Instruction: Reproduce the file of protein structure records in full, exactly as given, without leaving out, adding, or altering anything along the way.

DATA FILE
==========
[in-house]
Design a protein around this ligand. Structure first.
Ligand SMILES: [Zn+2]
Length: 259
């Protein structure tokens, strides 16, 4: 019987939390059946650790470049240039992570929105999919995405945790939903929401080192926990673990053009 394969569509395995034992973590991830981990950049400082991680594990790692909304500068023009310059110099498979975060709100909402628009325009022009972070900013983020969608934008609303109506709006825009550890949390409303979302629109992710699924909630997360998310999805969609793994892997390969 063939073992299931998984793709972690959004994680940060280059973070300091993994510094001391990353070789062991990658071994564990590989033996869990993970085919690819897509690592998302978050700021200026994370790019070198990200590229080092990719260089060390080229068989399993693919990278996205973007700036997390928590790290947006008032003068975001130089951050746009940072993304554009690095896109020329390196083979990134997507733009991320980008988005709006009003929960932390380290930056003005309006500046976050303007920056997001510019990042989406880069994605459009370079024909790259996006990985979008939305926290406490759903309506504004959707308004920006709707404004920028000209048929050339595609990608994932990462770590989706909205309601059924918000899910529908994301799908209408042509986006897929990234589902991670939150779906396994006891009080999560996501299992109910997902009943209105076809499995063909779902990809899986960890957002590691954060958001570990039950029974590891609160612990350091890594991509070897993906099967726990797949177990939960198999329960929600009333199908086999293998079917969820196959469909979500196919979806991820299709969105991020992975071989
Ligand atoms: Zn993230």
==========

[in-house]
Design a protein around this ligand. Structure first.
Ligand SMILES: [Zn+2]
Length: 259
């Protein structure tokens, strides 16, 4: 019987939390059946650790470049240039992570929105999919995405945790939903929401080192926990673990053009 394969569509395995034992973590991830981990950049400082991680594990790692909304500068023009310059110099498979975060709100909402628009325009022009972070900013983020969608934008609303109506709006825009550890949390409303979302629109992710699924909630997360998310999805969609793994892997390969 063939073992299931998984793709972690959004994680940060280059973070300091993994510094001391990353070789062991990658071994564990590989033996869990993970085919690819897509690592998302978050700021200026994370790019070198990200590229080092990719260089060390080229068989399993693919990278996205973007700036997390928590790290947006008032003068975001130089951050746009940072993304554009690095896109020329390196083979990134997507733009991320980008988005709006009003929960932390380290930056003005309006500046976050303007920056997001510019990042989406880069994605459009370079024909790259996006990985979008939305926290406490759903309506504004959707308004920006709707404004920028000209048929050339595609990608994932990462770590989706909205309601059924918000899910529908994301799908209408042509986006897929990234589902991670939150779906396994006891009080999560996501299992109910997902009943209105076809499995063909779902990809899986960890957002590691954060958001570990039950029974590891609160612990350091890594991509070897993906099967726990797949177990939960198999329960929600009333199908086999293998079917969820196959469909979500196919979806991820299709969105991020992975071989
Ligand atoms: Zn993230």